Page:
Along the coasts of Louisiana, Texas, and southern Florida, seedlings of black mangroves have had difficulties adjusting to rising temperatures and have shown high rates of die-off within 39 and 40-degree celsius water.

It is unclear how rising temperatures affect established mangroves and their root systems, but it is believed that water temperatures ranging from 42 and 45 degrees celsius will have limiting effects on growth (Odum et al., 1982).

The concept of vulnerability is arguably impossible to measure because of its subjective nature, but it is undeniable that increased exposure to elements as a result of climate change has made negative impacts on these coastal mangrove ecosystems (Ellison, 2014).

Direct human pressures, alongside the impacts of climate change, have led scientists to hypothesize four potential changes that mangrove forests will most likely endure. Due to changing salinity levels, the first prediction states mangrove forests along coastlines will decline as the scarcity of freshwater increases.

The second and third predictions state that the forests will decline based on sea level rise, the lack of colonization space inland, and decreases in sediment yields.

The final prediction anticipates increased expansion of forest ecosystems throughout a greater latitudinal range in order to adapt to temperatures and salinity changes (Alongi 2015, 35).

Overall, mangrove forests are extremely valuable ecosystems, and their protection is required for continual sustainability and long-term health.  

Literature Cited:

Alongi, D. M. (2015). The Impact of Climate Change on Mangrove Forests. Current Climate Change Reports, 1(1), 30–39.  

Earth Observatory. (2010, November 30). Mapping Mangroves by Satellite. NASA Earth Observatory.

Ellison, J. C. (2015). Vulnerability Assessment of Mangroves to Direct Climate Change and Sea-Level Rise  

Impacts. Wetlands Ecology and Management, 23(2), 115–137.  

Ewel, K. C., Twilley, R. R., & Ong, J. E. (1998). Different Kinds of Mangrove Forests Provide Different Goods and Services. Global Ecology and Biogeography Letters, 7(1), 83–94.  

Odum, W. E., McIvor, C. C., & Smith, T. J. (1982). The Ecology of the Mangroves of South Florida: A Community Profile. The Service.  

Damani Eubanks Blog - 21 November 2022

Anti-Racism in Environmental Science and Conservation

I have had the privilege of being involved in ecology, environmental science, and conservation work for over 10 years. In this time, I’ve been able to work with many esteemed researchers across some of the most prestigious institutions in the country. My experience as a Black man in this field, is that most people within the scientific and environmental communities are NOT actively or openly racist. While this is a refreshing departure from some other fields within the United States, there is still much work to be done to fully address the legacy of inequity and institutional racism that permeates all aspects of our lives. It is not enough for the environmental community to just be non-racist; to truly attain the goals of protecting the planet’s resources, ensuring that all people have access to a sustainable lifestyle, and producing relevant and innovative science on a global scale, the field of environmental science and conservation must adopt the ideals of anti-racism.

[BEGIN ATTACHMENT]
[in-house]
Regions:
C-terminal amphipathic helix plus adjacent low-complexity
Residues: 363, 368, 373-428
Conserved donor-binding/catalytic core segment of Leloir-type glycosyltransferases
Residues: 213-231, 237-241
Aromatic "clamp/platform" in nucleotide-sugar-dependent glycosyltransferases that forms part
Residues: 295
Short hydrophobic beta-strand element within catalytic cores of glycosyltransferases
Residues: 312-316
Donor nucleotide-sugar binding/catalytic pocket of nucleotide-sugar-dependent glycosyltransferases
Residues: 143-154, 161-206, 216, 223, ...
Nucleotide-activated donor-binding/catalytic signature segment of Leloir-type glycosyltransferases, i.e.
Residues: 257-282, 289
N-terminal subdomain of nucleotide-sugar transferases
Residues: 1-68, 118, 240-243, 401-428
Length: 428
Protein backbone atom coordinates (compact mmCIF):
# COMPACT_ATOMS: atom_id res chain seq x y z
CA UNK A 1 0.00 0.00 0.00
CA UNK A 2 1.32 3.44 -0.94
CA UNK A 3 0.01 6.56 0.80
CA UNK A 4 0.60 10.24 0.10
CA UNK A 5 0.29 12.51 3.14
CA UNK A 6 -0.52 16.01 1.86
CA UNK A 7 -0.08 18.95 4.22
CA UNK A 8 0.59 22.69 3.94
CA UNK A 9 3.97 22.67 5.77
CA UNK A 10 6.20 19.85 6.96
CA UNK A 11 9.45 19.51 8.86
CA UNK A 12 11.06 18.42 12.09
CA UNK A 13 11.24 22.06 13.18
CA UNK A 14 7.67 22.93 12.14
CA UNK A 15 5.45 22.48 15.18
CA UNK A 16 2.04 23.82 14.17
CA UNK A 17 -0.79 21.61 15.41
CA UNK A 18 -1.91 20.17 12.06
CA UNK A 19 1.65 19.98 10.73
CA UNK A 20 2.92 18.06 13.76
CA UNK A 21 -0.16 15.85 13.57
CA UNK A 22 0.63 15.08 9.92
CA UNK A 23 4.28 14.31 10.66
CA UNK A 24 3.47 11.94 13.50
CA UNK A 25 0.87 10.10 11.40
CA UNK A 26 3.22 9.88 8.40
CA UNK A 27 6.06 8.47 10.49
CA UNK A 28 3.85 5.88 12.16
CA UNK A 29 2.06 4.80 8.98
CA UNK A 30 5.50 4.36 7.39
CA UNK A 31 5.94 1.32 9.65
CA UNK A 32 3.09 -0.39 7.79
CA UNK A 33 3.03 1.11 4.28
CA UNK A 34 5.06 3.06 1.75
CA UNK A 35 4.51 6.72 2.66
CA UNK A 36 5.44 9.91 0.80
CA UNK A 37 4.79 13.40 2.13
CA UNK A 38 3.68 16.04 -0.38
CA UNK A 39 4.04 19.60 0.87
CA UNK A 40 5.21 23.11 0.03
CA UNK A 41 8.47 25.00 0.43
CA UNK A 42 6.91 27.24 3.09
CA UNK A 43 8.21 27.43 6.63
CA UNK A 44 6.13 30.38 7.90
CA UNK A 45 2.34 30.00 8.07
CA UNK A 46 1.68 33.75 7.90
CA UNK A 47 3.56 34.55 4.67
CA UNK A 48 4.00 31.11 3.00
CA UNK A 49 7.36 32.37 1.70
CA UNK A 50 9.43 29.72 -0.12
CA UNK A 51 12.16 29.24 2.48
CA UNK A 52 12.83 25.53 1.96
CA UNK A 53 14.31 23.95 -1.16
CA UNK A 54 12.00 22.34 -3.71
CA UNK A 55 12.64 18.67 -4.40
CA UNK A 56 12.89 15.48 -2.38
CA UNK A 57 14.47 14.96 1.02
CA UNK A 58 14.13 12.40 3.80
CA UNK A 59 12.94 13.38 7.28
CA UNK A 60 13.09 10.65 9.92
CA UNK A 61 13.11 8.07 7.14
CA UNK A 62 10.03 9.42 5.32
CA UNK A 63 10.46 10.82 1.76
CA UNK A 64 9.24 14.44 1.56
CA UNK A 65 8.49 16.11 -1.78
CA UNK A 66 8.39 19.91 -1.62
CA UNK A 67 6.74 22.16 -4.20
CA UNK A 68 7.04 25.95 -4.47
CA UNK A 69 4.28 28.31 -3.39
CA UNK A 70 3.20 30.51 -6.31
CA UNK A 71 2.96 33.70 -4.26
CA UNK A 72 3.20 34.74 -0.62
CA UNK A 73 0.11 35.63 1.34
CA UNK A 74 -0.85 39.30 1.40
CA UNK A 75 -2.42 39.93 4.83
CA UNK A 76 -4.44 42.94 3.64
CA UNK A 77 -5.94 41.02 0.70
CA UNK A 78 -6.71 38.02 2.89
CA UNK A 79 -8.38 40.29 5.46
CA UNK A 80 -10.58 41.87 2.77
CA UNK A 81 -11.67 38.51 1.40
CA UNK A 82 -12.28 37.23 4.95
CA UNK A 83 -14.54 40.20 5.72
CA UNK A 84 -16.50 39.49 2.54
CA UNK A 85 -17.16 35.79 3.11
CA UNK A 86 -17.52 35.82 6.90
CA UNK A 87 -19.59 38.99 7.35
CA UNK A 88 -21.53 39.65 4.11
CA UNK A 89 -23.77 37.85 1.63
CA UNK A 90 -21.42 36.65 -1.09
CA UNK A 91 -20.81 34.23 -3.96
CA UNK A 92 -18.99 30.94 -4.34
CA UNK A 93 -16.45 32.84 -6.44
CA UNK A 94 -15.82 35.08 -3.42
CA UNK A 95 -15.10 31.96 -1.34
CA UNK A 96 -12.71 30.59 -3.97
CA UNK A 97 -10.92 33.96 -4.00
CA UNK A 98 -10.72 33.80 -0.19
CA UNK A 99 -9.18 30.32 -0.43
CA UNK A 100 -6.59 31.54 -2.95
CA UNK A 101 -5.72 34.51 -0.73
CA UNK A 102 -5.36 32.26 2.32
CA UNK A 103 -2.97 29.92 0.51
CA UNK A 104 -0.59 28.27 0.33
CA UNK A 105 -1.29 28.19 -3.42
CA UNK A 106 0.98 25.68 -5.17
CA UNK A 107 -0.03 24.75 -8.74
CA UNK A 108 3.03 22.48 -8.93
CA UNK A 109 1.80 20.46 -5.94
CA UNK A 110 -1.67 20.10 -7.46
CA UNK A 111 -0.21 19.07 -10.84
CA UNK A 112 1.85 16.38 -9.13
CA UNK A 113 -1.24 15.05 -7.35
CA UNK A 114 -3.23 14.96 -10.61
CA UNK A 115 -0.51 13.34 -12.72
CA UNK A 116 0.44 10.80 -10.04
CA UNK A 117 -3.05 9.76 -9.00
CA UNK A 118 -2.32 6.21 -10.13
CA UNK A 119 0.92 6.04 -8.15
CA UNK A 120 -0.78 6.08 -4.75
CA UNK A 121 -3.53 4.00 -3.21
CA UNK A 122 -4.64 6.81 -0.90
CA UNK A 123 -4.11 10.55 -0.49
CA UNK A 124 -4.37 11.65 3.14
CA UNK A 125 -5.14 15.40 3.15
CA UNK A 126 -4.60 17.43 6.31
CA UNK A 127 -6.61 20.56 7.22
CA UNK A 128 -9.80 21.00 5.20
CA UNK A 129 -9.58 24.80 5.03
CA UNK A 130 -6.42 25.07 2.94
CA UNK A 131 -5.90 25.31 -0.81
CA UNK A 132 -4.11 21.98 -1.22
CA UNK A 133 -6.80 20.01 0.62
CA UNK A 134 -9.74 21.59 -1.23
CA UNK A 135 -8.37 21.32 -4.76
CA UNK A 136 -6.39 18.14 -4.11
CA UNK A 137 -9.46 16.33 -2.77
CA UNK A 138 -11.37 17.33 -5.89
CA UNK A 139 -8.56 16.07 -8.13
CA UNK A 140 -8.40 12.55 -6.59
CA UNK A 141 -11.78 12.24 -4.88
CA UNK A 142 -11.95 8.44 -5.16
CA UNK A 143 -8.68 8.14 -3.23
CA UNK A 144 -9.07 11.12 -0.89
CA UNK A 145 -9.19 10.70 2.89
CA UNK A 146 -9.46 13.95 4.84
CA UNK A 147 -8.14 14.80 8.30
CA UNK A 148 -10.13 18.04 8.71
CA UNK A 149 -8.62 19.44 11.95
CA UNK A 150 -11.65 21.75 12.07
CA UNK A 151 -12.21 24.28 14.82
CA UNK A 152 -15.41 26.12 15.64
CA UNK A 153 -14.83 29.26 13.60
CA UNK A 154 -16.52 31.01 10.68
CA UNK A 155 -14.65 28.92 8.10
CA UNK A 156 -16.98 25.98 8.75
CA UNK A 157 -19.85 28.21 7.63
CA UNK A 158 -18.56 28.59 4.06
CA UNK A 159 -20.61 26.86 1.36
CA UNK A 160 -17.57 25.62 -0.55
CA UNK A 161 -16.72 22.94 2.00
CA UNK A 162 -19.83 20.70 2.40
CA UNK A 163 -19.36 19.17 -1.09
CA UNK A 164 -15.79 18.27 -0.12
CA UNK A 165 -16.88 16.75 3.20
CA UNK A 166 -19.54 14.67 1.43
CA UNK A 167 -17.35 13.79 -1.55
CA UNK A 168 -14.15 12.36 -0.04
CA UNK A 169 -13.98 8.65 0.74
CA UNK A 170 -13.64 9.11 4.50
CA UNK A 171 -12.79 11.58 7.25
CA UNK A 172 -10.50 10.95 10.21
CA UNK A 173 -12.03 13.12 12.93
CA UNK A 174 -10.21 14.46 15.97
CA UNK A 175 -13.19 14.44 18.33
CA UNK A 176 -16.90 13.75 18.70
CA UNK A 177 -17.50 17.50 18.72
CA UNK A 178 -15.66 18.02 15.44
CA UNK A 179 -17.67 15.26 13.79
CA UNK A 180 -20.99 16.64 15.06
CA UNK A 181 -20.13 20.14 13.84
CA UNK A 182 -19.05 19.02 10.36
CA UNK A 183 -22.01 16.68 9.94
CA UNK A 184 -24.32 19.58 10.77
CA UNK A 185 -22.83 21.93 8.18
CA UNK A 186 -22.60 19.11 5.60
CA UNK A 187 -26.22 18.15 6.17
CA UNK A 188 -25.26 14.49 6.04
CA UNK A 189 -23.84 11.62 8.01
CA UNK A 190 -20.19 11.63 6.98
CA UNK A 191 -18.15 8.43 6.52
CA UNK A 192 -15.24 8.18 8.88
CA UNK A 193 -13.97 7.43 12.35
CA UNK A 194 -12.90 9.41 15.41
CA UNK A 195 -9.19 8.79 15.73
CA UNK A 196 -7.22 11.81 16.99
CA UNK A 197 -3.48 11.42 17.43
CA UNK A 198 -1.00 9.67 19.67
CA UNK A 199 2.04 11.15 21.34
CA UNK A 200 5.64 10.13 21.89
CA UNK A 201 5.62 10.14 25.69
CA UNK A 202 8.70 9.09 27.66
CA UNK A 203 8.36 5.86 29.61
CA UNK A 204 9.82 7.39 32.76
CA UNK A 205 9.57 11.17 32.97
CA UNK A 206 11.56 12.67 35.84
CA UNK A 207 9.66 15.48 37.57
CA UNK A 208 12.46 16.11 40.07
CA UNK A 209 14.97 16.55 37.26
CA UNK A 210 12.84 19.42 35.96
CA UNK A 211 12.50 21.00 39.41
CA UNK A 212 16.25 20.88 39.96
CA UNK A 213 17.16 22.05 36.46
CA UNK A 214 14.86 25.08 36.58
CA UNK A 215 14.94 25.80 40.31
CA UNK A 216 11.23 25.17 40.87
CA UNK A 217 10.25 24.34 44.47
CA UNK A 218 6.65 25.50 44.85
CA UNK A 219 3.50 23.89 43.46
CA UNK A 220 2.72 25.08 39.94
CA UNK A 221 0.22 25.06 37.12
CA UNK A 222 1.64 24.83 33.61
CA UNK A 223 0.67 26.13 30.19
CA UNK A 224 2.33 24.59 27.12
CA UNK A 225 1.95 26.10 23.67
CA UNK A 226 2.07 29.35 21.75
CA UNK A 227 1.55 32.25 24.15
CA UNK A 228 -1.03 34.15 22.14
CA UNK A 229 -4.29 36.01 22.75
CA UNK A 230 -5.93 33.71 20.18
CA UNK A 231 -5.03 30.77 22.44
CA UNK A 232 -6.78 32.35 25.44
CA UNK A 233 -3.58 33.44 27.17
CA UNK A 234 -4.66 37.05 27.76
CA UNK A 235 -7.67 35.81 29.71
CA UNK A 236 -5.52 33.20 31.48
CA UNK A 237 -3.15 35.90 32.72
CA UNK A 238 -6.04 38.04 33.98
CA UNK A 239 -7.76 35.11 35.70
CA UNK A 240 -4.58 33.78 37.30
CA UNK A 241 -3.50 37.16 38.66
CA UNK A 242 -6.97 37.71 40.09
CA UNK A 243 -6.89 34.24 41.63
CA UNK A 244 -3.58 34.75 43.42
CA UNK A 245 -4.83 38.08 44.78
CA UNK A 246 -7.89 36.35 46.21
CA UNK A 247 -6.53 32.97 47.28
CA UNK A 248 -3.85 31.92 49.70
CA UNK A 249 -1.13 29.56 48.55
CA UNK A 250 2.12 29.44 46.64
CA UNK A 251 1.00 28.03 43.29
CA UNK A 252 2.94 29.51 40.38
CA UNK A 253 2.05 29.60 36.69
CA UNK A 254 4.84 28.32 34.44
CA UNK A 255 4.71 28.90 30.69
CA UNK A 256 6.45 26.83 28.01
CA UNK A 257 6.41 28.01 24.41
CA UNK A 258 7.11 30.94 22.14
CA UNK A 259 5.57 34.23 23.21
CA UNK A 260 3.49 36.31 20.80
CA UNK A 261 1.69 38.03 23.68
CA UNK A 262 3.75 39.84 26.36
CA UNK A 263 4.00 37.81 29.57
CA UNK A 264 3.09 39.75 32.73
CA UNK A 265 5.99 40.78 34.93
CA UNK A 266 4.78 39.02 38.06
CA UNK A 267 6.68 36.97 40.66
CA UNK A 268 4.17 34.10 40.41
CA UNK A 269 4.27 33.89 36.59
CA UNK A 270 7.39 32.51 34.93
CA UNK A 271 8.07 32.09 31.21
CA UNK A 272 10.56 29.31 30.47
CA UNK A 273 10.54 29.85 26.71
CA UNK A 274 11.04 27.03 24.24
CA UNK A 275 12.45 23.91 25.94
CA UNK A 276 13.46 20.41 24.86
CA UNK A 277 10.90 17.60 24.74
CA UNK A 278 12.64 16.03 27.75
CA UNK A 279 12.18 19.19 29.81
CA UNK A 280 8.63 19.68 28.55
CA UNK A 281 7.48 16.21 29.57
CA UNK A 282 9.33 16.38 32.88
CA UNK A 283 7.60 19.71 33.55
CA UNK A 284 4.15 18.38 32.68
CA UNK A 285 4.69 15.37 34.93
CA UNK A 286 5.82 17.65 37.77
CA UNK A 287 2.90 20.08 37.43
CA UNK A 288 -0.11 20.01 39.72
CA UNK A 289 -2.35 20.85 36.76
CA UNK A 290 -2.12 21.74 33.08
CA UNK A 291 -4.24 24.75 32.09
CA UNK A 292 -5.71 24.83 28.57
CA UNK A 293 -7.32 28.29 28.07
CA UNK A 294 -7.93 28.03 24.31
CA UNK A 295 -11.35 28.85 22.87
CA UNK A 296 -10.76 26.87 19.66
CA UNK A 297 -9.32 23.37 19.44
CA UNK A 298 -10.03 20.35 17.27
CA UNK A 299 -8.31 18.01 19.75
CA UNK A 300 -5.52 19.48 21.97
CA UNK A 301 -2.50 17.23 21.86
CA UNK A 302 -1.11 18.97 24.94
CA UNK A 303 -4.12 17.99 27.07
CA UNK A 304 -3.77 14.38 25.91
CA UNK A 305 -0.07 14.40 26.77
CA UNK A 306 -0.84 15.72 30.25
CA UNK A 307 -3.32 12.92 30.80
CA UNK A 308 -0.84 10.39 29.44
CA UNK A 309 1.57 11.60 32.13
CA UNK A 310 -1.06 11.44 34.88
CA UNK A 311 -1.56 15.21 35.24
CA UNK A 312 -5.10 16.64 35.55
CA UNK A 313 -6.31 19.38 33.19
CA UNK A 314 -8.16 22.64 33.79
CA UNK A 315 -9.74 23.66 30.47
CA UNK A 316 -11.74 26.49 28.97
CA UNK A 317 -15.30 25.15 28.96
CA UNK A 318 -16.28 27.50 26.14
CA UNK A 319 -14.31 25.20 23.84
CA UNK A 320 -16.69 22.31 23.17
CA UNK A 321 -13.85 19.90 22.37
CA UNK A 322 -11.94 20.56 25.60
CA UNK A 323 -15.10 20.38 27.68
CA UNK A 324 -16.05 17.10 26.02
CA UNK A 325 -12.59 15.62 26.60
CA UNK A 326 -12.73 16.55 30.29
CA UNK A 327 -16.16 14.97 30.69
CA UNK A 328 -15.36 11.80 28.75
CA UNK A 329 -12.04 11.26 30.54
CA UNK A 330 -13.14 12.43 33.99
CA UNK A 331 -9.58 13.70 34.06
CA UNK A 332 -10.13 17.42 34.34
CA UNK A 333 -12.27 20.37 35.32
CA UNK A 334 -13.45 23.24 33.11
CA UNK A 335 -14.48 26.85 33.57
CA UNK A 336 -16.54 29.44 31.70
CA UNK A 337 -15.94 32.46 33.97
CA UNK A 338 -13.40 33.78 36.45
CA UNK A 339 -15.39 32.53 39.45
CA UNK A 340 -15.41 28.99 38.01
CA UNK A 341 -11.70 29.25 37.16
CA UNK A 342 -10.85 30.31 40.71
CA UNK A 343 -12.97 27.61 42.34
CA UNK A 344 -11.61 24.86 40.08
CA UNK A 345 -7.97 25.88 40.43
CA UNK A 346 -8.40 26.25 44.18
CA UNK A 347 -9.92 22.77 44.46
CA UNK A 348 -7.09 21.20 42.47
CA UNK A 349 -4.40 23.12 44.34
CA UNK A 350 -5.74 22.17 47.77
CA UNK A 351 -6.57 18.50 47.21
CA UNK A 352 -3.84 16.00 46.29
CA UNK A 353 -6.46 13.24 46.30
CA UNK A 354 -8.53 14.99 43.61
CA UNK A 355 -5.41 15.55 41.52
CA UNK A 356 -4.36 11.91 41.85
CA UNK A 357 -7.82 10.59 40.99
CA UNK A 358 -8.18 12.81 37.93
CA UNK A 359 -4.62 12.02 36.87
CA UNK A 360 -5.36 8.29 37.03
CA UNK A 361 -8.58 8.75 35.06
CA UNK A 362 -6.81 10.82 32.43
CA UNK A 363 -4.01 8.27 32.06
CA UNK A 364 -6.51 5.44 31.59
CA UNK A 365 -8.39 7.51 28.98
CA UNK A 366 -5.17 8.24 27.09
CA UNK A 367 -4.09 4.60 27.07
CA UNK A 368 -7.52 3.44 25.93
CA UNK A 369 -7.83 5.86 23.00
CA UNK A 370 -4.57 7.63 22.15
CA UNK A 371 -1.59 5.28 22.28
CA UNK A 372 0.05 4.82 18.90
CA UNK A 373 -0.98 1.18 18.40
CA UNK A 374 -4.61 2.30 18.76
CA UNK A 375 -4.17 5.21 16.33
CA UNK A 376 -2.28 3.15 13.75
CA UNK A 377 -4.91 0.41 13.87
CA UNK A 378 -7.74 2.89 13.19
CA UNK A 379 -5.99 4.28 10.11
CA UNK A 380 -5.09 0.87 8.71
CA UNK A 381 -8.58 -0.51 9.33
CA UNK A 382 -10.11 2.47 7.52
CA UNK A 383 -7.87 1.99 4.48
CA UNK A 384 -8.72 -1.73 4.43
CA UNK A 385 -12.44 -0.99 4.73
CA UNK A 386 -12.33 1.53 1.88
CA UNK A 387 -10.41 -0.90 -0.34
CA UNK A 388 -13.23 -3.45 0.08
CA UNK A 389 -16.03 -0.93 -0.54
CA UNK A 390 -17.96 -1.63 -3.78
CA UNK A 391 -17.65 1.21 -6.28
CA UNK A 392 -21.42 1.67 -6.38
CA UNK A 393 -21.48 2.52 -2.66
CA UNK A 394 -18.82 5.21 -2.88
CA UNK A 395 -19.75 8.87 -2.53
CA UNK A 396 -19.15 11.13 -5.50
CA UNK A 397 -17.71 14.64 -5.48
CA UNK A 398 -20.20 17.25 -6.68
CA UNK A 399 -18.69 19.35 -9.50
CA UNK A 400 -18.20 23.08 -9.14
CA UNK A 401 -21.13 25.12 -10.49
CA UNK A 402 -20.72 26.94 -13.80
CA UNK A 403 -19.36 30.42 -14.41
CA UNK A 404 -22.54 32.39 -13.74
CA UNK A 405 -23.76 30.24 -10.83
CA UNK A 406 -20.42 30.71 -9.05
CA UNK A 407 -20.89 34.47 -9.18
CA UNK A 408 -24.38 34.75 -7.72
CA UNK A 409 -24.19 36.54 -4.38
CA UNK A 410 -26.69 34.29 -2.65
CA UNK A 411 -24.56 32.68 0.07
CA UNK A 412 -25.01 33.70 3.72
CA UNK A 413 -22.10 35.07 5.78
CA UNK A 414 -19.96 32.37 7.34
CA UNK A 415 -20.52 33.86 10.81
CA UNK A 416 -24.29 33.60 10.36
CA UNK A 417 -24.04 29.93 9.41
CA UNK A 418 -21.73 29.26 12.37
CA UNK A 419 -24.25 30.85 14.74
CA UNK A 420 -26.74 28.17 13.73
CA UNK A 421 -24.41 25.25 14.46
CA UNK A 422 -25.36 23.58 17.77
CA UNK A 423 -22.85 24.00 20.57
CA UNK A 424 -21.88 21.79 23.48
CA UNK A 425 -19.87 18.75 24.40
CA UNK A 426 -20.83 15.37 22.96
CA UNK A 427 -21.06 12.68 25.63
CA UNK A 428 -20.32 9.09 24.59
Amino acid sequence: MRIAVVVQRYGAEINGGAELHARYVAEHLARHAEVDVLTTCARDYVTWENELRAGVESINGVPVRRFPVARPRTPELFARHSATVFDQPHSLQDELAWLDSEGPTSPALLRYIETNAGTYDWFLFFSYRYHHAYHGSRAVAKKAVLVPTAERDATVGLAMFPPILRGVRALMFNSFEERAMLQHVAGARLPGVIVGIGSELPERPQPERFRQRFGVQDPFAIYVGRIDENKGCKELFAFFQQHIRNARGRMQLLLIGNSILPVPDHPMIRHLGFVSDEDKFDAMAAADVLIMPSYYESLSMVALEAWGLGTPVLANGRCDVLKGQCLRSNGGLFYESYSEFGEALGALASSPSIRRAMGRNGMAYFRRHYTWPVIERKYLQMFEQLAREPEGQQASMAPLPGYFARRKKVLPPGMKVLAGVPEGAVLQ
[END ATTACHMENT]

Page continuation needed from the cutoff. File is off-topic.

Here, anti-racism means actively identifying and opposing racism in all its forms. Not just individual acts of racism and prejudice, but also institutional, structural, and environmental racism. Due to the all-encompassing effects of racism, anti-racism can look different across various settings and situations. Within academic settings, institutional racism can be addressed in the recruitment and training of students and acknowledging racist origins in many theories when teaching science history. At the level of environmental non-profits and research institutions, issues with hiring and retaining minority employees need significant improvement. To combat environmental racism at the structural level, there needs to be collaboration between researchers, policy makers, and governments to address major inequities at the local and international scale. Additionally, increased focus on anti-racism can increase awareness of other social issues within the field, such as misogyny and homophobia.

There isn't enough space within this blog post to truly address all the complexities and issues regarding racism and anti-racism in the field of environmental science, however, we must take every opportunity available to start the conversation. I've included several links to more detailed information on anti-racism work within science and other fields.

Literature Cited:

"Being Anti-Racist" - National Museum of African American History and Culture;

Anti-Racism Resources: Racial Bias in Scientific Fields - Harvard University

"Science has a racism problem" - Cell Journal Editorial

"To attract more blacks and Hispanics to STEM, universities must address racial issues on campus" - The Hechinger Report

"Is Science for Us? Black Students' and Parents' Views of Science and Science Careers" - Science Education

"The ecological and evolutionary consequences of systemic racism in urban environments" - Science